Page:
Liquidity Problems  in Current Cryptocurrency Exchanges: Fiction or Reality?

 
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Addressing whether cryptocurrency exchanges suffer from liquidity problems requires splitting them into two simple camps; centralized and decentralized. Typically, centralized exchanges include Binance, Bittrex, GDAX, Bithumb, and Coinbase. Decentralized exchanges include Waves, Stellar, Augur, and 0x (Ethereum protocol layers).

Centralized Headaches

Centralized exchanges, at least on the face of it, are not suffering from liquidity issues. Binance’s user numbers and profits are substantially up, despite the protracted bear market. However, 36% of traders, according to one poll, are dissatisfied with the volume of available liquidity. Moreover, ICEs Bakkt, amongst other institutional cryptocurrency exchanges, are clearly needed in order to provide key corporations substantial access to the digital markets.

Centralized exchanges also suffer from listing ‘too many’ assets. As of today, 387 coins are listed on Binance alone. Volume for the top 10 BTC trading pairs (including BTC/USDT) ranges from $266 million for BTC, to $24 million for XLM. This daily volume quickly drops off, however,  with Litecoin (31) $5.2million and IOTA (49) only $2.8 million. Things get even worse below the top 50, with hundreds if not tens of thousands in daily volume only. The result of this low liquidity mainly manifests itself as thin order books and volatile price spikes. Average and professional traders have to be careful with any significant market entries, with large spreads eating up profit margins.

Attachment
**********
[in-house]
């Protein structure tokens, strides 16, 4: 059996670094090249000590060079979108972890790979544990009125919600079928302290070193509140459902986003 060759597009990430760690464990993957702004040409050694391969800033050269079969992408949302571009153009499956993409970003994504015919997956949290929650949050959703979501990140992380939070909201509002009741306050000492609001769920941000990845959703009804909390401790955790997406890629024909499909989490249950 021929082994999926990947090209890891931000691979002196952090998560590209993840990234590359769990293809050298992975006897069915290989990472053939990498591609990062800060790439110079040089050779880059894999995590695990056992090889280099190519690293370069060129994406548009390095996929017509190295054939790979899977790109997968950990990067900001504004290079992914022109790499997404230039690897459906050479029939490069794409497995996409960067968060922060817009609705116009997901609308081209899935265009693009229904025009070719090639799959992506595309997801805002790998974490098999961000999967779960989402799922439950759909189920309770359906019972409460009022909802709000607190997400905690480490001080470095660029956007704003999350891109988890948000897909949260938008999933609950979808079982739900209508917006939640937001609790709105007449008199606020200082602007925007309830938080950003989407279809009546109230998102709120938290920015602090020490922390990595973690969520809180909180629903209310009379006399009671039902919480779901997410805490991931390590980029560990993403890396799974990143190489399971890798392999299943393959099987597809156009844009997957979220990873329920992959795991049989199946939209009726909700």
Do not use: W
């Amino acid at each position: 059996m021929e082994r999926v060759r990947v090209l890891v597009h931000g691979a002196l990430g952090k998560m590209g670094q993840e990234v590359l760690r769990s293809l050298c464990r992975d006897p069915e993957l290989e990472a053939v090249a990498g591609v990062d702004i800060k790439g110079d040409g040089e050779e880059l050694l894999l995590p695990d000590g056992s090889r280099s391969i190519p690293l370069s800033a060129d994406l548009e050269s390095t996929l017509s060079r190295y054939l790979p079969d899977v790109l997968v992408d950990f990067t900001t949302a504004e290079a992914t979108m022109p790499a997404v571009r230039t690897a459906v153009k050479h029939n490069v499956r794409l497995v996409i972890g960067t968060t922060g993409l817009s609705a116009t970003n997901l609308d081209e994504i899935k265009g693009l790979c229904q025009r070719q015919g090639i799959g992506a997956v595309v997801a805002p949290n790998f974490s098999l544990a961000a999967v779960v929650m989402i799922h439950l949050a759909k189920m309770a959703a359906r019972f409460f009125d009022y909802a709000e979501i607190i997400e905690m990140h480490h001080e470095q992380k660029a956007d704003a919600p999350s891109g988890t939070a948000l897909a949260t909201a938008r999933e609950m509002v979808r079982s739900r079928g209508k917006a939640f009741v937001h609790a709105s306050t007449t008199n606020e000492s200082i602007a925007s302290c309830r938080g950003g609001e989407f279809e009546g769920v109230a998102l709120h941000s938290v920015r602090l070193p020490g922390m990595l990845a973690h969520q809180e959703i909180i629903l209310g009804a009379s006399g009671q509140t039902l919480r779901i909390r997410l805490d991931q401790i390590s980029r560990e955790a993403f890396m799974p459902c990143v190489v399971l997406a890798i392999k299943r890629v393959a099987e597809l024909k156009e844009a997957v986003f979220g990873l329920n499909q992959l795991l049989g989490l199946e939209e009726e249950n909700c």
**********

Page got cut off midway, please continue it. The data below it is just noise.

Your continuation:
Decentralized Nightmares

Moving our attention over to Decentralized exchanges and things don’t improve. StellarX, a frontend for Stellar’s inbuilt DEX functionality, currently turns over only a few hundred thousand a day. 0x only does slightly better at $977k a day, with Waves also doing a small $345k. To put these volumes in perspective, the mature forex market trades roughly $5.3 trillion a day. The Nasdaq? $135 billion.

As a result, violent price-swings and paper-thin order books are rife, with a few thousand dollars often sending the price of an underlying asset soaring or diving. Accessibility of fiat or cryptocurrency on-ramps compounds this problem, drying up potential liquidity.

Of course comparing established and mature market liquidity to a growing ecosystem isn’t a fair comparison, however, it does serve to highlight the monstrous gap between current liquidity levels experienced by cryptocurrency pairs and those of traditional assets. Decentralized exchanges, due to the nature of their structure, potentially have a greater challenge ahead than their centralized counterparts. Whereas the Binance’s and GDAX’s can pull funding and liquidity levers, such as Tether, to aid the trading of currency pairs, decentralized exchanges are completely reliant on third-party listings and finance.

StellarX and 0x are looking to mitigate this inherent risk by offering completely free trading. This should entice both professional traders and corporate market makers. StellarX even offers weekly market maker rewards.

Conclusion

It all sounds like doom and gloom. However, these are some positives. Whilst trading volume and liquidity is inherently low, corporate interest has never been higher. Bakkt, ETFs and more are all lining up to provide critical industry access, and hundreds of billions in liquidity, for the cryptocurrency markets. Once they are finally approved by the regulators, the ecosystem can expect a financial catalyst never before witnessed within this market. Until then, serious liquidity and markets will be somewhat on hold.